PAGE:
Is Lee Briggs stressed?
The Omaha single mother and full-time worker juggling classes — in Lincoln, no less — for a second college degree, answers with a shrug and a laugh.
"Yeah," Briggs said after a Creighton University pharmacy student retrieved cotton from her mouth and stuck it in a plastic vial. Creighton will measure the cortisol level in Briggs' saliva: a record of how stressed the 32-year-old is right now.
It's just one measure the university is compiling to test a theory that if you teach financially struggling single mothers how to better manage their money, they will eat better, sleep better and show improved health in mind, body and pocketbook.
"This isn't magic. It only works if you're willing to do the work," said Julie Kalkowski, who runs the Financial Success Program through Creighton's College of Business.
The mostly grant-funded program is midway through its ninth nine-week session. A 10th session is scheduled for January, and unless Kalkowski can raise more money, it could be the last.
The program has been popular. The January 2012 session is full and has a waiting list. Kalkowski is hoping research results will persuade national foundations to offer financial backing so she can offer the program quarterly.
Since the program's launch in the fall of 2009, 81 women have graduated. Nineteen others are enrolled now.
Weekly classes — part Household Budgeting 101, part support group — are held at Educare, housed on the east side of Kellom Elementary School. Child care and dinner are offered for the 2½-hour classes.
The program offers ongoing financial coaching for a year and monthly get-togethers for graduates. It also offers debt-consolidation loans; a matched savings program; earned income tax credit planning; credit report repair; monthly food pantries; help enrolling in utility level payment plans; and information on public benefits.
The health tests conducted last week are a new feature that grew out of a conversation Kalkowski had with a Creighton nursing professor. Kalkowski said she was stunned by how much better the women looked after nine weeks of classes.
"Some had lost weight," she said. "Their shoulders were back, their faces were up, they just seemed more confident. They just seemed more relaxed."
Could appearance be an indicator of improved health outcomes?
If the women did nothing else for their health except to cut fast food at least once a week, the professor told her, their health would improve.
Fast food already was a subject in class, where participants are told to keep receipts to track spending, including the stray gas station hot dog or cup of coffee. The shocker at week's end is the amount of money going to fast food.
Briggs acknowledged her weakness for unhealthy food, particularly the fatty but tasty Southern fare her Louisiana-born mother cooks. At 5-foot-2 and 191 pounds, she hopes that losing weight can ease her diabetes symptoms.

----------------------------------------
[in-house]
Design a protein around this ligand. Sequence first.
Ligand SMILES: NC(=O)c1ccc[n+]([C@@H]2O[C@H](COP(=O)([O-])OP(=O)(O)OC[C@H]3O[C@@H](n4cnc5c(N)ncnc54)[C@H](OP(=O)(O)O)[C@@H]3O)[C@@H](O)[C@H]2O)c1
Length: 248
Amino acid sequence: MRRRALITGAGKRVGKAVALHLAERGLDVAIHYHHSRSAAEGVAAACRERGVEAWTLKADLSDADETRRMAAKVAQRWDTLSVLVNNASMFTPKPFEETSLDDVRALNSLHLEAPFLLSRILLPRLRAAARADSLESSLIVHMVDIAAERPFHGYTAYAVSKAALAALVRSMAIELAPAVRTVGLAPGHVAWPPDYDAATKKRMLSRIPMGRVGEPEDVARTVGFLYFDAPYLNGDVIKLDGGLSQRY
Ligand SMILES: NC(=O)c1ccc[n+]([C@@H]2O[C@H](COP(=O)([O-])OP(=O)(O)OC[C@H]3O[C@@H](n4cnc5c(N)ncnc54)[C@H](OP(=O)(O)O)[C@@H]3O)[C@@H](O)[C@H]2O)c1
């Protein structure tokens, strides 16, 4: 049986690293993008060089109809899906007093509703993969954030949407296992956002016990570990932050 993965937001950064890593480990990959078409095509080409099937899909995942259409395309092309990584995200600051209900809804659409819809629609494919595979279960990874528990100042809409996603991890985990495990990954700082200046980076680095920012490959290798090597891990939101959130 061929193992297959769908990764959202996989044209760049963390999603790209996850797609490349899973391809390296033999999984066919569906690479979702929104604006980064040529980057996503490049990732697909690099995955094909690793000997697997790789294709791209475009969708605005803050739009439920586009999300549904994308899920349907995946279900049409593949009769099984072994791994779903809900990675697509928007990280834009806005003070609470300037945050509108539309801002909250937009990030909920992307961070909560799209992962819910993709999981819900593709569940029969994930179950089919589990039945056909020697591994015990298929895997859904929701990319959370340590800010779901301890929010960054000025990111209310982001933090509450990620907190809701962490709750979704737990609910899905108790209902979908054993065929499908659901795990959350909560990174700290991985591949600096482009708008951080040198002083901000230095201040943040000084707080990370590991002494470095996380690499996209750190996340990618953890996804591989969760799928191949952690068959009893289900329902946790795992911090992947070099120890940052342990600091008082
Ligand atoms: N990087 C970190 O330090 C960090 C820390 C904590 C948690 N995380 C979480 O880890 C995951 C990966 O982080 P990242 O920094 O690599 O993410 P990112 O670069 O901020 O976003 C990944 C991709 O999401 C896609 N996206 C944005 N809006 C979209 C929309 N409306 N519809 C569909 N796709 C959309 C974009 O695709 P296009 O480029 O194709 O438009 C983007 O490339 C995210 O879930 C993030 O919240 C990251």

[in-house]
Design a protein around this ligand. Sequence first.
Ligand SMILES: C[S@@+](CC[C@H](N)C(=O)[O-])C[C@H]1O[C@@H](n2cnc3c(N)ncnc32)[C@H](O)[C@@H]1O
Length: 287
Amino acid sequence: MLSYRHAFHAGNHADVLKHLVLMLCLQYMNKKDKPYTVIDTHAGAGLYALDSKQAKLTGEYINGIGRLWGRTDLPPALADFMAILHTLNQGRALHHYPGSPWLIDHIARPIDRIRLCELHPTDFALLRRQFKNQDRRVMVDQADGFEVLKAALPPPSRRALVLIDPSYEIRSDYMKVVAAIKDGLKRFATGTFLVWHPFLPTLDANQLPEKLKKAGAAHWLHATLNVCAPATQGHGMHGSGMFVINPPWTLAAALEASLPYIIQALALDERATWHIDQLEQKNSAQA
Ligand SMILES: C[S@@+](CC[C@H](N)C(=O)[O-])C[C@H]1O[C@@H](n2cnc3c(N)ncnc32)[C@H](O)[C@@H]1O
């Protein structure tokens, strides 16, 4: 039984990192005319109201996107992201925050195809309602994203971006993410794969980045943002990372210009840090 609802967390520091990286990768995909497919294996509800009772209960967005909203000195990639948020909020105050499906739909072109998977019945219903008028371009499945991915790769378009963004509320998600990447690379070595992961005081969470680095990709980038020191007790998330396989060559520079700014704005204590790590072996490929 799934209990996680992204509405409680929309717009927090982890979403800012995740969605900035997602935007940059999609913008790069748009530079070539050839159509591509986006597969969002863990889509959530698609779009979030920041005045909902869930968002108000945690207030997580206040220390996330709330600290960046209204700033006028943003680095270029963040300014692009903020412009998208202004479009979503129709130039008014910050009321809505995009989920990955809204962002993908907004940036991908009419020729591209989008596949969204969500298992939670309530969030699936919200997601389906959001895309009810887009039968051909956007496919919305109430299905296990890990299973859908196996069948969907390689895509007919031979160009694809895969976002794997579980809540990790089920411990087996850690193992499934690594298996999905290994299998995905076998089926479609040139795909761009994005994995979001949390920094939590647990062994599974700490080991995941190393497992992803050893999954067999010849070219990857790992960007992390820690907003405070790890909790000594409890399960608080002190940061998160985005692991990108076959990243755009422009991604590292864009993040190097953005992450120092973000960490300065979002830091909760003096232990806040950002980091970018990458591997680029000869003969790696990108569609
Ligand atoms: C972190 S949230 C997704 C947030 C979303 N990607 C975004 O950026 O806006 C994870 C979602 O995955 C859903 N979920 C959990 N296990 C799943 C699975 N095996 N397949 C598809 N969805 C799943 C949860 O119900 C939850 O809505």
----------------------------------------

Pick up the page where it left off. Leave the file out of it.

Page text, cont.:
"You basically can live like you don't have diabetes," she said.
Program director Tina Gray said the class offers a chance for women to see their struggles as shared, that they are not alone in suffering whatever bad luck or bad choices landed them in financial trouble. The first class, many wept.
Gray said the women she sees often don't know how to save, nor do they know how to say no to family and friends hitting them up on payday.
"You are not mother, wife, sister, counselor," Gray tells them. "You are an individual."
A look at survey results of the 2010 participants suggests attitudes change before behavior.
Women were more likely to report feeling more hopeful, confident and in control of their finances following the class than they were to report improving their savings. But Kalkowski said she believes a mind-set change has to occur first and that the participants don't have much money to work with.
Their annual income averages $23,000, and a third of last year's 38 participants were unemployed.
Employment hasn't been a problem for Briggs, who has worked for the Douglas County Treasurer's Office for 10 years. She holds a bachelor's degree in criminal justice and is pursuing a degree in paralegal studies through the College of St. Mary. And she's studying to become a certified fraud examiner.
She really struggled after the birth of her son three years ago, when her paid leave ran out and she faced bills totaling $1,700.
"I had to learn the value of money, the purpose of money and that it's not about how much you have — it's what you do with it," Briggs said.
She is hopeful her situation will improve.
While pleased to log healthy cholesterol, blood pressure and glucose levels, she's also eager to learn how to hang on to her money, "to have it and not need to buy anything."
And reduce the stress.
Humor helps. So does the class.
"You don't feel isolated," she said. "We basically come together to have a common goal."
Contact the writer: 402-444-1136, email@example.com